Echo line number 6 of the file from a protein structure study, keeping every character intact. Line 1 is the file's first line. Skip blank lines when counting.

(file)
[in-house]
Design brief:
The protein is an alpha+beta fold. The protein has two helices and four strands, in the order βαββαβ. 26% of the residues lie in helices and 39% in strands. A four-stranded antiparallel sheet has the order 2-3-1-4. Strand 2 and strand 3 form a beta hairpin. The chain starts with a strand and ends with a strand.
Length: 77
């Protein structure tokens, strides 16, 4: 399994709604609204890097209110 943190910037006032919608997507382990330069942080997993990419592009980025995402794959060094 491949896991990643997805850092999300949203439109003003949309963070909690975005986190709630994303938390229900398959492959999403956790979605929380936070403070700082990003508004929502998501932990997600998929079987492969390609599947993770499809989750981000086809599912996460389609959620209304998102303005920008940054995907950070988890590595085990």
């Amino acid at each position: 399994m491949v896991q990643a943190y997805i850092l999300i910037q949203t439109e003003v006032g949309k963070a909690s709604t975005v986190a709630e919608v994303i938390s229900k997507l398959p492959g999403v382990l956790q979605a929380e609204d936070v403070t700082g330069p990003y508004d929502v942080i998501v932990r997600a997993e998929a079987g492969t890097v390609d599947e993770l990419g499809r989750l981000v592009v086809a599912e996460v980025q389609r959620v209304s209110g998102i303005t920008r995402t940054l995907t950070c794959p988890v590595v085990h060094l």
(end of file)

């Amino acid at each position: 399994m491949v896991q990643a943190y997805i850092l999300i910037q949203t439109e003003v006032g949309k963070a909690s709604t975005v986190a709630e919608v994303i938390s229900k997507l398959p492959g999403v382990l956790q979605a929380e609204d936070v403070t700082g330069p990003y508004d929502v942080i998501v932990r997600a997993e998929a079987g492969t890097v390609d599947e993770l990419g499809r989750l981000v592009v086809a599912e996460v980025q389609r959620v209304s209110g998102i303005t920008r995402t940054l995907t950070c794959p988890v590595v085990h060094l």